I realize that I’m behind the curve and preaching to the saved and all that. Yes, RAWA is dead for now (unless they sneak it in), and more conservative voices are speaking out against the cronyism move to grant long-time GOP supporter Sheldon Adelson his “due” by passing a bill that “restores America’s Wire Act” and puts the official kibosh on online gaming.
Still, my duty is to monitor the Coalition to Stop Internet Gambling’s (CSIG) website and Facebook pages, and the rhetoric has been coming fast and furious of late. So much so that it had me convinced that a RAWA strike was imminent during the lame duck session. For once I was very glad to be very wrong. Still, they keep posting and talking, and now have new video ads (highlighted by Steve Ruddock here). And I ask myself:
- Are they saying anything new? (no)
- Are they saying anything compelling…and believable?
Well, that’s what this post attempts to analyze. Part Two will deal with the hypocrisy of their messages. Here in Part One we will deal with the accuracy of their “usually fear-based” claims.
People can have opinions and be quite zealous about them. Blindly so, sometimes. It’s been often noted that Sheldon Adelson is very passionate about the subject of online gambling, and his minions in the CSIG seem to share that passion. They all seem to have very strong opinions, and opinions of themselves can’t be “wrong,” but the facts supporting those opinions CAN be.
Take the oft-stated claim that allowing online gambling in the US would be like having 300 million individual casinos in the US. CSIG touts this fear and also posts the latest numbers from Delaware Nevada, and New Jersey (with glee) when there are monthly declines in those states’ online revenues (they never post when numbers are up – can’t imagine why not). The disappointing returns so far in these three states in 2014 would tend to show that the idea of 300 million individual casinos via our cell phones and tablets is delusional at best. Most Americans are too otherwise occupied or busy or just don’t care enough to go online and gamble. Or, to put it another way – they just don’t give a shit.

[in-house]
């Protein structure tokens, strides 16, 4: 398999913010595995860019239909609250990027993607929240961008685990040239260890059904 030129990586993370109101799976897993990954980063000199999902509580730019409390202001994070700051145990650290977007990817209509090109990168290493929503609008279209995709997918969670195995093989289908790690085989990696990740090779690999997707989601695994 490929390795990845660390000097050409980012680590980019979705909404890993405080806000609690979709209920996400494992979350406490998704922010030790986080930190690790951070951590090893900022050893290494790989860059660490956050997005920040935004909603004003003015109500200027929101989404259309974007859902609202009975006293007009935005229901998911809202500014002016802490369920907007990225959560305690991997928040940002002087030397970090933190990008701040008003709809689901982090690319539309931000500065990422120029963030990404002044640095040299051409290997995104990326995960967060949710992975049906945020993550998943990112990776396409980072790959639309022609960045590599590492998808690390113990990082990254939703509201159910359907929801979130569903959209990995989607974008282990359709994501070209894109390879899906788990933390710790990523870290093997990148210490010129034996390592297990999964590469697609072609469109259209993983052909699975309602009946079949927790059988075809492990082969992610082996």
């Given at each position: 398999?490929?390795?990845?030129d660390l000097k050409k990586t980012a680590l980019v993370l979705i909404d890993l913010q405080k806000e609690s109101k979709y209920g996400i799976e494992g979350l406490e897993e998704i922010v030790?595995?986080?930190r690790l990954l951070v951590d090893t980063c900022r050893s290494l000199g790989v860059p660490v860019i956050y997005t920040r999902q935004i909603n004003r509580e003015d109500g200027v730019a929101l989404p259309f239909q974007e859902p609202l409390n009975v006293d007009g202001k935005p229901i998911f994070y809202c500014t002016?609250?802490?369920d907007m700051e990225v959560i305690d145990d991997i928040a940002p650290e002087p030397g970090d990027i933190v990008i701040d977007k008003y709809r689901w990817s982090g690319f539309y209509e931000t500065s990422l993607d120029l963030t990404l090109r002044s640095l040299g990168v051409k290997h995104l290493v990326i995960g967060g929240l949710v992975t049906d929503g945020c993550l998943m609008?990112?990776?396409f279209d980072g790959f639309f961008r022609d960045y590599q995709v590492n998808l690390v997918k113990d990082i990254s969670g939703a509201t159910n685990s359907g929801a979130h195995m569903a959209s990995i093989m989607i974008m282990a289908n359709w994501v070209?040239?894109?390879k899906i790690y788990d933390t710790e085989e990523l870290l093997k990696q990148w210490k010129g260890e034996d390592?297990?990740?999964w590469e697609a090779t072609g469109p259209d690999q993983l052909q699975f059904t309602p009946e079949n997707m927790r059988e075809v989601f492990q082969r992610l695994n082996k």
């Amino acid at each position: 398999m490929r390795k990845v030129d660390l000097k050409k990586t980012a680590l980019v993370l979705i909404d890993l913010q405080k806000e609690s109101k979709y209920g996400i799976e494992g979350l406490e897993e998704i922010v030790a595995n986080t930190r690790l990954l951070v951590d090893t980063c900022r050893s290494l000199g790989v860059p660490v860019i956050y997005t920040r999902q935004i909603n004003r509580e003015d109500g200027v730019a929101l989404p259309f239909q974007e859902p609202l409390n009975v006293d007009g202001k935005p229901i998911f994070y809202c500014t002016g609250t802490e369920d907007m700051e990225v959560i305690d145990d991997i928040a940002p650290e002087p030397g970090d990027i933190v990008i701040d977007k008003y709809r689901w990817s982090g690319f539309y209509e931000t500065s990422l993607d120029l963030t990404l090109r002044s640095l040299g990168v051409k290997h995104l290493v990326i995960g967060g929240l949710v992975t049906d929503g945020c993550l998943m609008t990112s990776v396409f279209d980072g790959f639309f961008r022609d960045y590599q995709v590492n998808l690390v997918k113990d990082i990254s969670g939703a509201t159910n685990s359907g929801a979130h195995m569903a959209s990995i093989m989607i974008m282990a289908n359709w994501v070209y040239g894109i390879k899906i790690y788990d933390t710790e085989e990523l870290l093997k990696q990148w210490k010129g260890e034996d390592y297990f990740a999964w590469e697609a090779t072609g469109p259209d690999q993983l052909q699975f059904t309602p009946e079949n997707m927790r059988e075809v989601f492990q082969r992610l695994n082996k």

One of the biggest fears that CSIG has utilized in their campaign is the potential for money laundering and other criminal activity through online gaming. They use “bits and pieces” of an old FBI letter that does in fact state that there is the potential for same…just as there is potential in ANY activity where money is handled, including LAND BASED CASINOS. They conveniently omit this from their scare-mongering. This potential for “easy money laundering” used to be the strongest card in their hand, until James Thackston’s website showed how utterly ridiculous this was. Remember the USA Today op-ed he penned with Former New York Gov. George Pataki? We might not know what hole Thackston escaped to, but Pataki is back on the CSIG website in a new video ad spouting the same nonsense. Again, we’ve had almost a full year of online action on regulated sites in three states, and if there WAS any money laundering or other nefarious activity, you’d think CSIG would be all over that. And so far?
Another oft-made claim – one that Adelson himself is most passionate about, was recently articulated by former San Francisco Mayor Willie Brown (and I use the term “articulate” gingerly here) and former in two more new video ads. Brown, a former advocate for online poker, discusses how these groups “target” young people. Lincoln knows land based casinos have regulations in place “to protect minors and promote responsible gambling.” Yet she seems ignorant of same with online gambling, claiming these protections are simply “not available.”
Again, we’ve had a year of legal online gaming on regulated sites in three states. Total number of reported minors caught online? Less than the number caught at the Bethlehem Sands land-based casino in Pennsylvania (none reported so far, to be accurate). Here’s another worry-based “claim” that has no basis in reality.
And what of Brown’s targeting claims? I’ve repeatedly wondered why CSIG doesn’t show us any examples of how young people are targeted by online gaming. Brown mentioned something about super-heroes and cartoon characters, but no real examples. I assume he’s talking about characters like these guys:
And if that seems a bit hypocritical, it is, and that’s the biggest reason to take much of what comes from Adelson and CSIG with many, many grains of salt. And we will discuss that hypocrisy next post.
Your comments and snark are always welcome here.